which was forwarded to me from Bonham to be stopped at Scullyville and sent to you; there is about 1,100 pounds. West's battery has gone on with Speight. All the battery with you. Are there not a few shot and shell at McCulloch which can be fixed! The cartridges with the howitzers are entirely too small, and the powder is not good. Have it looked to.
I have five companies in Washington and Benton Counties. I have moved Carroll's regiment (all that are not detached) to the prairie beyond Scullyville, and have ordered a company of infantry to Riddle's, to protect the flour which has accumulated there. I wish, as far as possible, that you would draw flour from that place, as there has been much more sent there than I think advisable.
Direct your quartermaster to establish some express stations on the route to this place, for more rapid communication in case of necessity. In addition to having written for yourself on the subject of arms, I made a requisition for twenty five hundred stand not long since. I fear that we have all than can be obtained from Little Rock. Captain [J. F.] Crosby may possibly get a few arms, but I doubt it. We must do the best we can with the means now in our hands, if, indeed, these are not taken away. I learn, unofficially, that Lane's regiment has gone to Louisiana. General Cabell, who is familiar with the country, says the place mentioned in your litter to fortify is as good a one as can be found.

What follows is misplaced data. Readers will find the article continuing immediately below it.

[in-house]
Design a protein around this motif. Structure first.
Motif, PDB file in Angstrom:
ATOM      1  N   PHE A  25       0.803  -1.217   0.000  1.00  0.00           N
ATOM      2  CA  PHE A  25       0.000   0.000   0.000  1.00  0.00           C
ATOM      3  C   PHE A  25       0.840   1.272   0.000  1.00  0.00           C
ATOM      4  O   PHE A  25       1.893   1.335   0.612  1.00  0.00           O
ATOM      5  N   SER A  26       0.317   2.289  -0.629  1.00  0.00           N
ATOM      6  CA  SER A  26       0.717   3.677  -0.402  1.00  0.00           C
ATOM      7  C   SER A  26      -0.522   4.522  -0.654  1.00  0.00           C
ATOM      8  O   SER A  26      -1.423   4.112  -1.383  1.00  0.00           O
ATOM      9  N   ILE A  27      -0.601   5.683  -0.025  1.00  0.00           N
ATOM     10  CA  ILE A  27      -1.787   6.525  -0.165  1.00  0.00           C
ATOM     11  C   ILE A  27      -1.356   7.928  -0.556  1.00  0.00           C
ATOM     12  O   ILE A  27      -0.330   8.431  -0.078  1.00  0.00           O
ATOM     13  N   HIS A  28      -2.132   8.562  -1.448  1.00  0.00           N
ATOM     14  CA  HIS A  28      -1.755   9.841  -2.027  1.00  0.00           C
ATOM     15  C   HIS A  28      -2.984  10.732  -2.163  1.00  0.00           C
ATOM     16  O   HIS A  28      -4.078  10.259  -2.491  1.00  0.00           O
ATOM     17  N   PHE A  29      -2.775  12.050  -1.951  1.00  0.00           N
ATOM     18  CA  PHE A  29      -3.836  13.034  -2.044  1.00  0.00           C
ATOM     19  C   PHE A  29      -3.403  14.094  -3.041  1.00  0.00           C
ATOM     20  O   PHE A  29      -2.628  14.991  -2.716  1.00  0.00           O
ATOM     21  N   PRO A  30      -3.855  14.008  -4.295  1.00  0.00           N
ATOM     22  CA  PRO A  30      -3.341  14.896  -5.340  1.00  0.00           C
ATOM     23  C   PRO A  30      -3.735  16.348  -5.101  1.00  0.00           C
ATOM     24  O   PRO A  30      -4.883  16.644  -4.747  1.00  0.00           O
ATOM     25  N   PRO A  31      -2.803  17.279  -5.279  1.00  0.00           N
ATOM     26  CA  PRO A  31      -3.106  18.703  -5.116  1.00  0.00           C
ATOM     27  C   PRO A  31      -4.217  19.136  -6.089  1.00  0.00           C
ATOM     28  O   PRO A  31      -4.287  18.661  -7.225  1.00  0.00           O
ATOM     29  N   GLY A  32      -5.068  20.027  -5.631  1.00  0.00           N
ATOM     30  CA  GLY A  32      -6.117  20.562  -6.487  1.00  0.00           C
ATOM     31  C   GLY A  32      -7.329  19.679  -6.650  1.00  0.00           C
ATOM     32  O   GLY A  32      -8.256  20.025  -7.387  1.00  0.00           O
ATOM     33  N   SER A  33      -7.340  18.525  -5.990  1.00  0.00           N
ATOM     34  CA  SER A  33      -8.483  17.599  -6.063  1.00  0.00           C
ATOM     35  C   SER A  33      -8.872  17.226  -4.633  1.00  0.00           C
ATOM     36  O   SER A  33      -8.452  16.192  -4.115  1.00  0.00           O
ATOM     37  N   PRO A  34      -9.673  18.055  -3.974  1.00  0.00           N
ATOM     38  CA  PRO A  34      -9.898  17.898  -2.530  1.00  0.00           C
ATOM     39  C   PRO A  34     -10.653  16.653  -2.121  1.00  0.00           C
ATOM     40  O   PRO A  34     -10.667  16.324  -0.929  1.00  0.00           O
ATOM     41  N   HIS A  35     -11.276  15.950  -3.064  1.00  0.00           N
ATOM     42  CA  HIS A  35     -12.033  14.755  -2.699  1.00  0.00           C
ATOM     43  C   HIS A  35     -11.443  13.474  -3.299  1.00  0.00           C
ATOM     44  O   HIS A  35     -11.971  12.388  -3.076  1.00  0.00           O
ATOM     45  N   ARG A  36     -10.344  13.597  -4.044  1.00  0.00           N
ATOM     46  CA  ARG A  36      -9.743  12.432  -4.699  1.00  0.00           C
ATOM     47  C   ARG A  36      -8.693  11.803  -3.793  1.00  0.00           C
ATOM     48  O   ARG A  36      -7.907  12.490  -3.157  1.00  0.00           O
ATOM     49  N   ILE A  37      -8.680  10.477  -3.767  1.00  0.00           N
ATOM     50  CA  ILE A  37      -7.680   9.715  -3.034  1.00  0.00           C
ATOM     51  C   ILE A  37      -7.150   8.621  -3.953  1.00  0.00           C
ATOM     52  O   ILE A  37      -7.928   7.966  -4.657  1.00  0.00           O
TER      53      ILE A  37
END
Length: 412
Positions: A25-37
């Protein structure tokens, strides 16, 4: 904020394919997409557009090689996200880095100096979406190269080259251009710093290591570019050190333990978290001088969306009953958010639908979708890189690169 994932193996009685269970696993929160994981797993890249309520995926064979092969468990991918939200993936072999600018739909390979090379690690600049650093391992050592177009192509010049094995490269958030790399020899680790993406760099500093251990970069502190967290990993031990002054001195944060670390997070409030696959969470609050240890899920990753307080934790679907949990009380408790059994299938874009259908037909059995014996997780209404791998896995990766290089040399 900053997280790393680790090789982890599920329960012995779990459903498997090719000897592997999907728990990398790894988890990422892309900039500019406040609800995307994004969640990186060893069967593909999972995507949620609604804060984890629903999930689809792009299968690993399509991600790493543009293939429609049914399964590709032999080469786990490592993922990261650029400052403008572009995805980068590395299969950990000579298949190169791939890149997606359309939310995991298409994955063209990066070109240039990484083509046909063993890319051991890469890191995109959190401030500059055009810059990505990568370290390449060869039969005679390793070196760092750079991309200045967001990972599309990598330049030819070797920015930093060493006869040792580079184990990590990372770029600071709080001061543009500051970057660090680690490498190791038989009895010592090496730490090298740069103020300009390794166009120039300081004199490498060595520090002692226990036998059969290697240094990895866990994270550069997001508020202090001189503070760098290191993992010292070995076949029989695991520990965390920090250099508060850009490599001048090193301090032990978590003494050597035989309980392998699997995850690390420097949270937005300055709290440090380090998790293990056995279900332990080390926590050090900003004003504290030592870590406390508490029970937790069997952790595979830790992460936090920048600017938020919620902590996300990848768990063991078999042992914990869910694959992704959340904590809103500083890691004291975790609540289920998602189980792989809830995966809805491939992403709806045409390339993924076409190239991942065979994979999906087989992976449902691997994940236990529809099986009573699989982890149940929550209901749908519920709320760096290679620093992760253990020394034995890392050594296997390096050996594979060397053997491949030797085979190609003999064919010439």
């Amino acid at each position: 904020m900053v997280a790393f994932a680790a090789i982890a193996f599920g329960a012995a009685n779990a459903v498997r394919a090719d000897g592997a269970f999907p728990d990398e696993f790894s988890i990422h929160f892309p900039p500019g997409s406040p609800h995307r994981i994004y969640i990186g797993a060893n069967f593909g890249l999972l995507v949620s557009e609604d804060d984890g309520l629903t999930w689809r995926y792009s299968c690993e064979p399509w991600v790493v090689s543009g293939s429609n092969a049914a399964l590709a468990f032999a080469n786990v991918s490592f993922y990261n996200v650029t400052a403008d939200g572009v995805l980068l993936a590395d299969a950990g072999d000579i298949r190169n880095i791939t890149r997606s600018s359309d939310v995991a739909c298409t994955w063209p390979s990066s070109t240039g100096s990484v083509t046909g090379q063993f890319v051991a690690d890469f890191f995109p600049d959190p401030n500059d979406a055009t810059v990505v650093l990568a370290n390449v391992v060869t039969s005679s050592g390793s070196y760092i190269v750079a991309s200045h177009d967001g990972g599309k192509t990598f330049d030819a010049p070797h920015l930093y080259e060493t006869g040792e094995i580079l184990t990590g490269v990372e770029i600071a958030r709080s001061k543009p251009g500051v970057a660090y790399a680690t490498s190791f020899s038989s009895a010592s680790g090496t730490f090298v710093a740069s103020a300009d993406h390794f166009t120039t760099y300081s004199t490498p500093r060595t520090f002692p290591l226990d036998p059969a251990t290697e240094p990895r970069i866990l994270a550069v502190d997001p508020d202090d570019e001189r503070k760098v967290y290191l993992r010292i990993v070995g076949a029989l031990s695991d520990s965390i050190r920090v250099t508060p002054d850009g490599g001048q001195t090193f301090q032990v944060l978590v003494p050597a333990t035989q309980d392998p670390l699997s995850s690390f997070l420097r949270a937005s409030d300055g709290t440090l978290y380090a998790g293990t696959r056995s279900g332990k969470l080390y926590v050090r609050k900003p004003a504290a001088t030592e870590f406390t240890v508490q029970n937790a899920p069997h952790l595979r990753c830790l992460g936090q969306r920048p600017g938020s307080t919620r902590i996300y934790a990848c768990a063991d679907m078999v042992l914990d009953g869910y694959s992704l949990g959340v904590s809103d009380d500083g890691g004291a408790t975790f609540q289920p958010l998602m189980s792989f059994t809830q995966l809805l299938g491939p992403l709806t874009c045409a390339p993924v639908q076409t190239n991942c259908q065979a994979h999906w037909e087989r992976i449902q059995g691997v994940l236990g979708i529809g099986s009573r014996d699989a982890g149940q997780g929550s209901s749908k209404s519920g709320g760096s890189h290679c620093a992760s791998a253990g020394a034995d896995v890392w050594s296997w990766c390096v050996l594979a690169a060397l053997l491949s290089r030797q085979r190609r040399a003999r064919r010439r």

I know nothing of [T. J.] Mackey's assistants. Defenses against such artillery as Phillips has are not difficult to make; rifle-pits and sufficient barricades to prevent a sudden rush are the first things to be attended to. I have no engineers with me. Colonel Long can give you some assistance in selecting your ground; also Captain [R. W.] Lee.
Your obedient servant,
HDQRS. DEPARTMENT OF THE INDIAN TERRITORY,
Fort Smith, Ark., May 19, 1863.
General S. COOPER, C. S. Army,
Adjutant and Inspector General, Richmond:
GENERAL: I regret much to make the treatment I have received as commander of this department a subject of complaint, but I cannot, in justice to myself, rest quiet under the official indignities I have lately received.
When I reported to General Holmes, in December last, I was assigned to a command in the Indian country after it had been offered to other brigadiers and declined. The country was destitute of nearly every thing, and its resources exhausted. The troops given me were so much demoralized that they had, most of them, been distributed among other troops to keep down their insubordination. I have been allowed by Lieutenant- General Holmes great latitude in my operations (perhaps greater than my rank would justify), and, in consequence, I had been enabled to get a portion of my troops in a position where they could be used to advantage. When, in accordance with the plans I had determined upon, I ordered Speight's infantry brigade to move from the points on Red River where I had been obliged to send it to procure supplies, and when all the armed men were en route almost half way to this